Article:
Fry-Jefferson Map of Virginia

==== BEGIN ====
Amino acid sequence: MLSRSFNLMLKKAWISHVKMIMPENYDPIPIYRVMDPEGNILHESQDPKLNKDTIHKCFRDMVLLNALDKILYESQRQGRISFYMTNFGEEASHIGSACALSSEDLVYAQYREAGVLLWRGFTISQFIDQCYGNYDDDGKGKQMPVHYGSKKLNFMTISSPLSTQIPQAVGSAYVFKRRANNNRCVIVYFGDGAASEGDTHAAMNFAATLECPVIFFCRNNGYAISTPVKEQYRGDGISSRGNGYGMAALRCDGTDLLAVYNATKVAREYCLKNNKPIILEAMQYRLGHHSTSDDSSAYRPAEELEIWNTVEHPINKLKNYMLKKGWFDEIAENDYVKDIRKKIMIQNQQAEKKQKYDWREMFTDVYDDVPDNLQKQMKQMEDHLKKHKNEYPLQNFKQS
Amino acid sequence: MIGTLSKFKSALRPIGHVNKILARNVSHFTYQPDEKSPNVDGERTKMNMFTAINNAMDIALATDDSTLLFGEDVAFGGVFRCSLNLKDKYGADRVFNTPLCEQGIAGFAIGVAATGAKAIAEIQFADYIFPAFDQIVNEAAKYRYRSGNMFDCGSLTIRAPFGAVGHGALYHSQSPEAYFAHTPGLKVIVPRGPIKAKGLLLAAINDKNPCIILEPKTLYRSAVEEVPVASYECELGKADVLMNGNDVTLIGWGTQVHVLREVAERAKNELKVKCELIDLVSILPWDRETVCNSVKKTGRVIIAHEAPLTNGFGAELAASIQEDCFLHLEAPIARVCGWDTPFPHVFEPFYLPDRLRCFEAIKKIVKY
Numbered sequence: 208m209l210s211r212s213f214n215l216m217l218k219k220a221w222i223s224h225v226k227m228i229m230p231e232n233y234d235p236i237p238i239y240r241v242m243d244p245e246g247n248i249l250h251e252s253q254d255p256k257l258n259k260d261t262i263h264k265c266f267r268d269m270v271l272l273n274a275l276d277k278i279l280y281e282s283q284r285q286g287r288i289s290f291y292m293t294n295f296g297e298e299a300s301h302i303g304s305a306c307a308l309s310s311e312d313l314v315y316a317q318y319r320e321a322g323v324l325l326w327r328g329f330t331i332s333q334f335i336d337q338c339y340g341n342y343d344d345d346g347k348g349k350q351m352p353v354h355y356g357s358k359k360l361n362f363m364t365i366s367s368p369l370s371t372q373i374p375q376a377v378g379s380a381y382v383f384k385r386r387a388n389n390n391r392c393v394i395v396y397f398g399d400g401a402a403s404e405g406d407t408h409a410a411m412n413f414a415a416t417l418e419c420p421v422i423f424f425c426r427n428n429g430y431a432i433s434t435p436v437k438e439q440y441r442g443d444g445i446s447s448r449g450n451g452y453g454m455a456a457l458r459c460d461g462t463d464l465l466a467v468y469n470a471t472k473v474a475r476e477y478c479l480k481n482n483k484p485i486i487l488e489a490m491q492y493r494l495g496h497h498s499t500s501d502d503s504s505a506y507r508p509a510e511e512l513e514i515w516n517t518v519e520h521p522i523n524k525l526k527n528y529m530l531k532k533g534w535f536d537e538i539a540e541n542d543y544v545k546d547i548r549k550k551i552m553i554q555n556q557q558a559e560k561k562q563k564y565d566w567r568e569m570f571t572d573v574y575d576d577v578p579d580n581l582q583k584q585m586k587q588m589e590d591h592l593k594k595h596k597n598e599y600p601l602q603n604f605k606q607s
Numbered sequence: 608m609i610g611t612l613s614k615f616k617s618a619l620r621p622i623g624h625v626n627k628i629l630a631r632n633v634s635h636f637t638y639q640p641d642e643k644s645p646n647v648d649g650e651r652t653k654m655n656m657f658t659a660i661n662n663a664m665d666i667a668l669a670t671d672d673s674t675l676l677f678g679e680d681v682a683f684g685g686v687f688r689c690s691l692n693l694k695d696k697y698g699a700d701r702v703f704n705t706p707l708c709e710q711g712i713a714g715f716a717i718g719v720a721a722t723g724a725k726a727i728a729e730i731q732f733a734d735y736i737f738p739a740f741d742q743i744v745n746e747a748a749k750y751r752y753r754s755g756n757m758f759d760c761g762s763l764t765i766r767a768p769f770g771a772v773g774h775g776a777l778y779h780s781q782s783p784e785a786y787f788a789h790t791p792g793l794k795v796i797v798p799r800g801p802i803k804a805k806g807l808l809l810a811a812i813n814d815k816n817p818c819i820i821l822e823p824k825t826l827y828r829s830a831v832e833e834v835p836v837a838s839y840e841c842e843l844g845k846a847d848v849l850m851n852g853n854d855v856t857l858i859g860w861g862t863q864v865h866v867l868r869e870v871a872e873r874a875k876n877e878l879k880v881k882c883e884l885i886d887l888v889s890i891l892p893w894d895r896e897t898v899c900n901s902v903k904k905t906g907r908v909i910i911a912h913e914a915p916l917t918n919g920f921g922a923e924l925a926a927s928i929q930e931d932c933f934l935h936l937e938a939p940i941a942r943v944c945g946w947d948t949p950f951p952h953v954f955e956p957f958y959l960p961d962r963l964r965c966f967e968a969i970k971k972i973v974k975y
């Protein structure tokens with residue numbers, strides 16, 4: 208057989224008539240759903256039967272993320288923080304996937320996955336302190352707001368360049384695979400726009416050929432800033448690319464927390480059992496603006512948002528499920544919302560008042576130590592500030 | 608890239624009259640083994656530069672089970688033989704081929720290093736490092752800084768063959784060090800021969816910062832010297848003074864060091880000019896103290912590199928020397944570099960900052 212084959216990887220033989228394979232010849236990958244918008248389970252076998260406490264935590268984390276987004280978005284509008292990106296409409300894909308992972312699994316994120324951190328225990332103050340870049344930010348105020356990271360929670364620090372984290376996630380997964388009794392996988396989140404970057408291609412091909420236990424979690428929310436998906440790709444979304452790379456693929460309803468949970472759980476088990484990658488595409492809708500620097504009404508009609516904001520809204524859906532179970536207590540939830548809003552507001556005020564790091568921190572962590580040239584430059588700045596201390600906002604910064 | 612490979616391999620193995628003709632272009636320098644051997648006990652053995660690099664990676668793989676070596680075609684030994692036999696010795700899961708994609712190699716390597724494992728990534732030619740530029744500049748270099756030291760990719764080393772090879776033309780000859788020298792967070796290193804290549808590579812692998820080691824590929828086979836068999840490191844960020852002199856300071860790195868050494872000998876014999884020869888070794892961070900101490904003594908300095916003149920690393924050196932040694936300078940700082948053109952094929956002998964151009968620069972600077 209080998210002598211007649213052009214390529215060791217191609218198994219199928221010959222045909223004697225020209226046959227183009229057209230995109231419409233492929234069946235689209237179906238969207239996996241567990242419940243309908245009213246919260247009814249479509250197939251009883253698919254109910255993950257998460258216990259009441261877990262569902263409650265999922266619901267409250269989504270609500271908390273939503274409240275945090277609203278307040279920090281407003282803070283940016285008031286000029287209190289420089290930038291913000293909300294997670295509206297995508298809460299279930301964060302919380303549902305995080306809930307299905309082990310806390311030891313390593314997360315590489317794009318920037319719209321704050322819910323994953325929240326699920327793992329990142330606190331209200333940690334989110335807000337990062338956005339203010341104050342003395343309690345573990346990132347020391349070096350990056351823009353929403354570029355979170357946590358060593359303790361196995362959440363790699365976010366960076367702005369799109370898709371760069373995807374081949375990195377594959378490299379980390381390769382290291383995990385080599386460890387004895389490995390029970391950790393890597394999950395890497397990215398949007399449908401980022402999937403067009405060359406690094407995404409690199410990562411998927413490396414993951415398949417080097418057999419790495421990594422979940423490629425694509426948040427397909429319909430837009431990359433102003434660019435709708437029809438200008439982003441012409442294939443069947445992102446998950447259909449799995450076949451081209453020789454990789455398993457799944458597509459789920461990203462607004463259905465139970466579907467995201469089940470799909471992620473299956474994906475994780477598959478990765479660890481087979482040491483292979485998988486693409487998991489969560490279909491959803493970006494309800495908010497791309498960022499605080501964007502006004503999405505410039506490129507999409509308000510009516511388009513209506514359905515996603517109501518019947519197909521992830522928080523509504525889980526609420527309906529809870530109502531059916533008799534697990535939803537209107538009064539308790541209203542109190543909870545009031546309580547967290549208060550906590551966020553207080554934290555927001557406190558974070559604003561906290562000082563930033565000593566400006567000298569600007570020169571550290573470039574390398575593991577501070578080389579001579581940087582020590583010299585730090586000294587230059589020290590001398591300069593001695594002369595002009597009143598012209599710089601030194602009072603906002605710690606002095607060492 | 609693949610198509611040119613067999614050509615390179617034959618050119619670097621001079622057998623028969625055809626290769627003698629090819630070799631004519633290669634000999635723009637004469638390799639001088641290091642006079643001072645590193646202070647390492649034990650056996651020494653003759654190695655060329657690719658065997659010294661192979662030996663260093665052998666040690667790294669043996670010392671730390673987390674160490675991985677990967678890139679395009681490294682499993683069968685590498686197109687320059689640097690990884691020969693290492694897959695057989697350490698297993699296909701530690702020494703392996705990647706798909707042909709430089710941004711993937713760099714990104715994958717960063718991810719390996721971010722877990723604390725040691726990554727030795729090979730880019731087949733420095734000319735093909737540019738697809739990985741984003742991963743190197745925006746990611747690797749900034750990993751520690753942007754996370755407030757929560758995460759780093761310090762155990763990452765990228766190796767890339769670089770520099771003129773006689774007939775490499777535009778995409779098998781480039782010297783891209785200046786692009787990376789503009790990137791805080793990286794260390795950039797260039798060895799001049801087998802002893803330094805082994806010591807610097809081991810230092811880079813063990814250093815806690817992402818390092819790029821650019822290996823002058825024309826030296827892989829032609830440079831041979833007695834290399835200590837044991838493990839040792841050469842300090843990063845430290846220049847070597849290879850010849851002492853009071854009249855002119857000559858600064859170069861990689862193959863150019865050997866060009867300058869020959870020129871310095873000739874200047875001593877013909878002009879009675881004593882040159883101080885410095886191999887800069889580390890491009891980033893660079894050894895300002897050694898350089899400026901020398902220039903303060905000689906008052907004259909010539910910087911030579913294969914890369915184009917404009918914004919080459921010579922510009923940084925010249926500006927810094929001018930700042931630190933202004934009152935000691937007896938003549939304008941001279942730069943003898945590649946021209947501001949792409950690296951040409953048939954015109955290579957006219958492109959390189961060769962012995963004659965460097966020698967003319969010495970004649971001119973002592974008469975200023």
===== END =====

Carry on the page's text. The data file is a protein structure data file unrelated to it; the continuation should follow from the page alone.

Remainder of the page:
Thirteen years after he first conceived of the idea, Joshua Fry was commissioned to draft a map of the entire state of Virginia. Even with help from, Peter Jefferson, this was no easy task for even the most expert surveyors. What was to make this project extraordinary was that Fry and Jefferson would base the map on actual measurements and surveys of the land. Usually, map-makers would rely on the word of woodsmen or American Indians when unfamiliar with the land themselves. The Fry-Jefferson Map was renowned for its accuracy. It was heavily consulted by British generals during the Seven Years War, and also by Thomas Jefferson in writing Notes on the State of Virginia. In 1749, it was unclear just how far west Fry and Jefferson should set the boundaries of Virginia. The map covers only "the inhabited" parts of the colony, out to the Allegheny Mountains. But Fry included with the map, "An account of the Bounds of the Colony of Virginia and its back settlements," where he argued the legitimacy of Virginia's land claims to the west of the mountains (Frye, 13), in areas that the Loyal Land Company would later claim and encourage settlement.